WikiLeaks Founder Pleads Guilty and Is Sentenced for Conspiring to Obtain and Disclose Classified National Defense Information

Press release from the Department of Justice: 

department of justice logo

Julian P. Assange, 52, the founder of WikiLeaks, pleaded guilty [on June 25] to conspiring with Chelsea Manning, at that time a U.S. Army intelligence analyst, to unlawfully obtain and disclose classified documents relating to the national defense. After obtaining classified national defense information from Manning, and aware of the harm that dissemination of such national defense information would cause, Assange disclosed this information on WikiLeaks.

The guilty plea concludes a criminal matter that dates back to March 2018, when Assange was first indicted in the Eastern District of Virginia. There, and in superseding indictments, Assange was charged with conspiring with Manning, then a “Top Secret” U.S. security clearance holder, to further Manning’s unlawful acquisition and transmission of bulk classified information, including Manning’s use of a government computer to illegally download hundreds of thousands of classified documents and transmit them without authorization to WikiLeaks.

Assange was detained in the United Kingdom based on the U.S. charges for the last 62 months, while he contested extradition. As part of the plea agreement, Assange was transported to the U.S. District Court for the Northern Mariana Islands to enter his felony guilty plea and be sentenced on the morning of June 26 (Saipan local time) in a U.S. courtroom, with the venue reflecting Assange’s opposition to traveling to the continental United States to enter his guilty plea and the proximity of this federal U.S. District Court to Assange’s country of citizenship, Australia, to which he will return. At today’s proceeding, Assange admitted to his role in the conspiracy to violate the Espionage Act and received a court-imposed 62-month time-served sentence, reflecting the time he served in U.K. prison as a result of the U.S. charges. Following the imposition of sentence, he will depart the United States for his native Australia. Pursuant to the plea agreement, Assange is prohibited from returning to the United States without permission.

Beginning in late 2009, Assange and WikiLeaks actively solicited United States classified information, including by publishing a list of “Most Wanted Leaks” that sought, among other things, bulk classified documents. As set forth in the public charging documents, Assange actively solicited and recruited people who had access, authorized or otherwise, to classified information and were willing to provide that information to him and WikiLeaks—and also solicited hackers who could obtain unauthorized access to classified information through computer network intrusions. Assange publicly encouraged his prospective recruits to obtain the information he desired by any means necessary, including hacking and theft, and to send that information to Assange at WikiLeaks.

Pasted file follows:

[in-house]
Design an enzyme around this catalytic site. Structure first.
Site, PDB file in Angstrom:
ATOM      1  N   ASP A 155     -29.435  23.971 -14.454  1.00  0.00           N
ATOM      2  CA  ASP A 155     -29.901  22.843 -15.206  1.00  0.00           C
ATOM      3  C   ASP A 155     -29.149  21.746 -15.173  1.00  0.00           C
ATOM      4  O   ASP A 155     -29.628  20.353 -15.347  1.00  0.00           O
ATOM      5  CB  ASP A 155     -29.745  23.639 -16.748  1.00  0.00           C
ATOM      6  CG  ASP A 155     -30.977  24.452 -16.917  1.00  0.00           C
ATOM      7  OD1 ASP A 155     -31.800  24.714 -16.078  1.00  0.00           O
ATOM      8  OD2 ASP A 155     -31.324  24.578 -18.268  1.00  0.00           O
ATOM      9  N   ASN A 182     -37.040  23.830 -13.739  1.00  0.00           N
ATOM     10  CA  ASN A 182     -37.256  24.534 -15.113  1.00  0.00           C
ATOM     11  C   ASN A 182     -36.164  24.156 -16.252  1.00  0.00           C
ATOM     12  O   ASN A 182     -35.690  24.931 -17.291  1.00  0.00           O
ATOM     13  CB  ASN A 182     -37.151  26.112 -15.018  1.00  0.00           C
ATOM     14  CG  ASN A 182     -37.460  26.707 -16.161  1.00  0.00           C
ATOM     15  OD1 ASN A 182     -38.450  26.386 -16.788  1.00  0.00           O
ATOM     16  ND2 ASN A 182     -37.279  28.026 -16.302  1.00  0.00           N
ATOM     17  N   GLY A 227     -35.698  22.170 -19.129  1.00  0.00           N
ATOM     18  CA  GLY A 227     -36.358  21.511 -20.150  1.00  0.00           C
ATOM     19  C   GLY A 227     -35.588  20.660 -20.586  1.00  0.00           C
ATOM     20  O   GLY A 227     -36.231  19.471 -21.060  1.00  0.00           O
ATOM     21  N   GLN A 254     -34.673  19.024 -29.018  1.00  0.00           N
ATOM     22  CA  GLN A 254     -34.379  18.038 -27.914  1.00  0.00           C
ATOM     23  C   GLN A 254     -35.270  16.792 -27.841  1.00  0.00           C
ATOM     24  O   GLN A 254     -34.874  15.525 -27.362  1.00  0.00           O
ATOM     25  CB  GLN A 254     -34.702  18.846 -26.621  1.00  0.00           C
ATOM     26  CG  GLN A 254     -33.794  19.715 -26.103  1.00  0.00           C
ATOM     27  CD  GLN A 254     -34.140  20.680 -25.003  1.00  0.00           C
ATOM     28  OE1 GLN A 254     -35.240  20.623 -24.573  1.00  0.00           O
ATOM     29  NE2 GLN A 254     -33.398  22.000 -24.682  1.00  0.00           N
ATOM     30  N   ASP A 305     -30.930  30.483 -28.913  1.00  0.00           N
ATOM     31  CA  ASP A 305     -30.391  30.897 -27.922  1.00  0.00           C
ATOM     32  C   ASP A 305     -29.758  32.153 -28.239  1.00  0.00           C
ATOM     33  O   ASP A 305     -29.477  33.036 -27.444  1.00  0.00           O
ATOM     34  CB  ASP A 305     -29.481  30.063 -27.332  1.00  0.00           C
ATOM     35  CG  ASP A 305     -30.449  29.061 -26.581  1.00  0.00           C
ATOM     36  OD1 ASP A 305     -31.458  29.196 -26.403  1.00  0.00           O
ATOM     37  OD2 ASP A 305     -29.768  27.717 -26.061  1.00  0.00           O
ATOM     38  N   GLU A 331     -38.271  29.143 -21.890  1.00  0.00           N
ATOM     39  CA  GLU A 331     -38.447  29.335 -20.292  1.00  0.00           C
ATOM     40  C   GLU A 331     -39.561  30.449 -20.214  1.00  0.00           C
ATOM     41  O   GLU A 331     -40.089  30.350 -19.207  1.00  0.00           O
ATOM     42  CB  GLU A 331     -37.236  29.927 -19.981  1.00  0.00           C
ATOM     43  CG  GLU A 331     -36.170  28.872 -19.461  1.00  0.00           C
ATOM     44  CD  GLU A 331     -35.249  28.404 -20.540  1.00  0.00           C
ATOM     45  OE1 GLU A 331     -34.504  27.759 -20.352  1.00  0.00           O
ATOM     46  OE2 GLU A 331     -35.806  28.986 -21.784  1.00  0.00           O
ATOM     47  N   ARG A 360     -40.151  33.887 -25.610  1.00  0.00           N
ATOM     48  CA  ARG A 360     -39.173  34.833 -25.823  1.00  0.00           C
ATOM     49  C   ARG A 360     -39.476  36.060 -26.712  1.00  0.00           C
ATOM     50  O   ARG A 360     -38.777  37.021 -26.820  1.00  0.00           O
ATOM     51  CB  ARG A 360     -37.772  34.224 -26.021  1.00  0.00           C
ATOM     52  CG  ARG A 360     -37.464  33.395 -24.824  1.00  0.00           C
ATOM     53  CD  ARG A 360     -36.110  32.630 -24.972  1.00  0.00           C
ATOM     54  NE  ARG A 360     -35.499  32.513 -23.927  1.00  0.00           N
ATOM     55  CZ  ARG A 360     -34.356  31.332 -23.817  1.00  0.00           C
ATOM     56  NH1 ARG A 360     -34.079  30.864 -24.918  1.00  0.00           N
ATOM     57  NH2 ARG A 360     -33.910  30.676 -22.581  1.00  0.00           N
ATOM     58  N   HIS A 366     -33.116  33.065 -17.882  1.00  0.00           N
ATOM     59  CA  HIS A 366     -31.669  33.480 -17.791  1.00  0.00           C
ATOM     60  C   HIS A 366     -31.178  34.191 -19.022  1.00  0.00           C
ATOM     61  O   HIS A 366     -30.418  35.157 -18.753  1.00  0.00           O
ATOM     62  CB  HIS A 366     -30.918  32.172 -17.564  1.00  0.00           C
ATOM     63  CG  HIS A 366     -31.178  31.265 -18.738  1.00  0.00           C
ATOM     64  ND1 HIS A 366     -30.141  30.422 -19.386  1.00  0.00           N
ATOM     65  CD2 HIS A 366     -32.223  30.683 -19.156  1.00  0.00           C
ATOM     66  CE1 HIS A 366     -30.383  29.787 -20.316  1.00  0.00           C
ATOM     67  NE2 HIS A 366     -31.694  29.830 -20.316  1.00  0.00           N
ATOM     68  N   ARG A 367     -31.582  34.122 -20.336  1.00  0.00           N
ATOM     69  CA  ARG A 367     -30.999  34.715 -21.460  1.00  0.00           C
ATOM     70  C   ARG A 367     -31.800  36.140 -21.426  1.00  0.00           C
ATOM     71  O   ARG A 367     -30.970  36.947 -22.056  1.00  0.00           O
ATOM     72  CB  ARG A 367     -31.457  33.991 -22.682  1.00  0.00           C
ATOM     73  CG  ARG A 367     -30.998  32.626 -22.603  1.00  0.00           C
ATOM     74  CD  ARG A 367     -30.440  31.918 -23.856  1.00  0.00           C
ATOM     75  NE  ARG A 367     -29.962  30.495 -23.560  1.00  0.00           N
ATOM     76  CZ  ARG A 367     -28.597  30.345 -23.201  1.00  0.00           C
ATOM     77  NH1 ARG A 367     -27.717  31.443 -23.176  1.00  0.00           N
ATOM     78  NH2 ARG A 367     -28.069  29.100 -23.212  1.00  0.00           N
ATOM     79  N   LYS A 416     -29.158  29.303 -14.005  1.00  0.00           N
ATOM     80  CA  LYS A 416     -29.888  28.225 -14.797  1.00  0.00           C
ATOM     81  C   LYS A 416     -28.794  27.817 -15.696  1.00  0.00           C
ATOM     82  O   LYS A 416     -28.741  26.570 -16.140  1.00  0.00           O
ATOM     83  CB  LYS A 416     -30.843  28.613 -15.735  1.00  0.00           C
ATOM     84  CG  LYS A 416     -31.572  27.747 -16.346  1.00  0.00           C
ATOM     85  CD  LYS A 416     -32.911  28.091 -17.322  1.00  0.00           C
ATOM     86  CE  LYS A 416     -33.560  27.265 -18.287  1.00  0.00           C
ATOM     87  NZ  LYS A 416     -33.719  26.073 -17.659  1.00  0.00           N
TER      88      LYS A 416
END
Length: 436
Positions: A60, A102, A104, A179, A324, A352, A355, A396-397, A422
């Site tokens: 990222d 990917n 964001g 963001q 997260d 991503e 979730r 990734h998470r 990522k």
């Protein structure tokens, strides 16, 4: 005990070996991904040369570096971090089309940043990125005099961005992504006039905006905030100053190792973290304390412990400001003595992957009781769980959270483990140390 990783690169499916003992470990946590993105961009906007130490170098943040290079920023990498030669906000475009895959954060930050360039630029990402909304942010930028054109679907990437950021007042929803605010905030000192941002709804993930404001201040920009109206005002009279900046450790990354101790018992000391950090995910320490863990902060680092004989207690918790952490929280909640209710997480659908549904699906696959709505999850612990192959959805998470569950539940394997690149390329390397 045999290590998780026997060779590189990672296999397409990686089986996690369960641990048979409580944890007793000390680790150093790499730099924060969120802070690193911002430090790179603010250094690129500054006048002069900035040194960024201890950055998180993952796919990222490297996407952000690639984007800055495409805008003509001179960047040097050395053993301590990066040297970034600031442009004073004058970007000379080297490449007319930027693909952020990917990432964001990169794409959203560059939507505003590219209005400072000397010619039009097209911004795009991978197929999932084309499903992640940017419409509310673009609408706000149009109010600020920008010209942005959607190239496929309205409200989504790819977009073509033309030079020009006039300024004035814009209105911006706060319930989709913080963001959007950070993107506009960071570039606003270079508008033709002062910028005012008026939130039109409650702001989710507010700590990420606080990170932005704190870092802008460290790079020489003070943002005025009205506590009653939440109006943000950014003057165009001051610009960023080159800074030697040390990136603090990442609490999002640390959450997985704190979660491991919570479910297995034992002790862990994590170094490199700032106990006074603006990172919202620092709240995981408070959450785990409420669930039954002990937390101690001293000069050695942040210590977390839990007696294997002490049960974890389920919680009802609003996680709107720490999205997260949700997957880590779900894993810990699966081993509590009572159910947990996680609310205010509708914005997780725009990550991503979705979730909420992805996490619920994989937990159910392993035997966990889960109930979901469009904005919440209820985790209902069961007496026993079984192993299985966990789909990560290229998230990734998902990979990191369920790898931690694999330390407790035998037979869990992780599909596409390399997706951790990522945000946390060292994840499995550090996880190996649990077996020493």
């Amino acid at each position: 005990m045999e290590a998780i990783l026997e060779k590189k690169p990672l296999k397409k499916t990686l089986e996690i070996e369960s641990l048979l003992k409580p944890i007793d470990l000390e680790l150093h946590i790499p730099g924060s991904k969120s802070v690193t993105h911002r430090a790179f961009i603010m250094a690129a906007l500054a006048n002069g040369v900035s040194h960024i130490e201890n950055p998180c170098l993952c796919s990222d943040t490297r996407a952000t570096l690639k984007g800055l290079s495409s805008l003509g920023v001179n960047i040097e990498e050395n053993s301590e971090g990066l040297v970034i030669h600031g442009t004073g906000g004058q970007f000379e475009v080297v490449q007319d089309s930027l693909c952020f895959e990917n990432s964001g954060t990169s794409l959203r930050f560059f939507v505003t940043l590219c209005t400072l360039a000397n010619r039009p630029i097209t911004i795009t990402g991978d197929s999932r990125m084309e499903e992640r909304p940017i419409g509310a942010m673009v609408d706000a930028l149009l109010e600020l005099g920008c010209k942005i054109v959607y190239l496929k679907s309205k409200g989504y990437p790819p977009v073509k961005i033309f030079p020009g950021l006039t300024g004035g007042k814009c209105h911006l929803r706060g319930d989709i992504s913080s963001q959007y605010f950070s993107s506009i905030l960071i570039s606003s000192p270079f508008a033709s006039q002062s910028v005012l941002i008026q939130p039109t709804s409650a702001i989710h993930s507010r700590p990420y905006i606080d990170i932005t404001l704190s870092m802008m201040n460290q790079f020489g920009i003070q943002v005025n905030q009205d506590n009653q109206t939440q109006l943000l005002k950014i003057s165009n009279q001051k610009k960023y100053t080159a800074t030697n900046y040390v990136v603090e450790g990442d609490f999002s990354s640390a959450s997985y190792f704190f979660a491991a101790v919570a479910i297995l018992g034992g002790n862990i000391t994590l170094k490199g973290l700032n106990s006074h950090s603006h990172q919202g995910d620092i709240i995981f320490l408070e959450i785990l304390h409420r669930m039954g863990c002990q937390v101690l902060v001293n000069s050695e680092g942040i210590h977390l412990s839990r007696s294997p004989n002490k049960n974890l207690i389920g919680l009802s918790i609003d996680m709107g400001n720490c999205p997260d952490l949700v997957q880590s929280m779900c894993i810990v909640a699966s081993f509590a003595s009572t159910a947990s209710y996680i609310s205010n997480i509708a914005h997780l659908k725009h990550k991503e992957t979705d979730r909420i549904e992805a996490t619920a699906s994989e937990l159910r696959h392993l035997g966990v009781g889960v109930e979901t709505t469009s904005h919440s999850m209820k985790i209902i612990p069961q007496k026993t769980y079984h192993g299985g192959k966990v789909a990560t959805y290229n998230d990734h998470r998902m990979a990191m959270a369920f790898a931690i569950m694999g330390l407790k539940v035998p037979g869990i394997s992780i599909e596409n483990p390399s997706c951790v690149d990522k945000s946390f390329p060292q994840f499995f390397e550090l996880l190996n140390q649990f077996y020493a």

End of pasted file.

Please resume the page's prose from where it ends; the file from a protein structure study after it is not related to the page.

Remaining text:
Between January 2010 and May 2010, in the course of the conspiracy with Assange, Manning used U.S. government computer systems to download hundreds of thousands of documents and reports, many of them classified at the SECRET level and relating to the national defense, which signified that unauthorized disclosure could cause serious damage to United States national security. In total, Manning downloaded four nearly complete U.S. government databases that contained, among other things, approximately 90,000 Afghanistan war-related significant activity reports, 400,000 Iraq war-related significant activity reports, 800 Joint Task Force Guantanamo (JTF GTMO) detainee assessment briefs, and 250,000 U.S. Department of State cables. Manning also downloaded files regarding rules of engagement in the Iraq war, most of which were classified at the SECRET level and which delineated the circumstances and limitations under which United States forces would initiate or conduct combat engagement with other forces.

After downloading digital reams of classified documents and files, Manning electronically sent them to Assange to be publicly posted on WikiLeaks’s website. During Manning’s bulk exfiltration and passage of classified materials to WikiLeaks, Manning and Assange communicated regularly via online platforms about Manning’s progress and what classified information Assange wanted. For example, after sending the classified JTF GTMO detainee assessment briefs to Assange, Manning told Assange “thats [sic] all I really have got left.” To encourage Manning to continue to take classified documents from the United States and provide them to Assange and WikiLeaks without authorization, Assange replied, “curious eyes never run dry in my experience.”

In or about 2010 and 2011, Assange publicly disclosed via the WikiLeaks website hundreds of thousands of documents that Manning had taken without authorization and given to him, including approximately 75,000 Afghanistan war-related significant activity reports, classified up to the Secret level; 400,000 Iraq war-related significant activity reports, classified up to the Secret level; 800 JTF GTMO detainee assessment briefs, classified up to the Secret level; and over 100,000 State Department cables, some of which were classified up to the Secret level.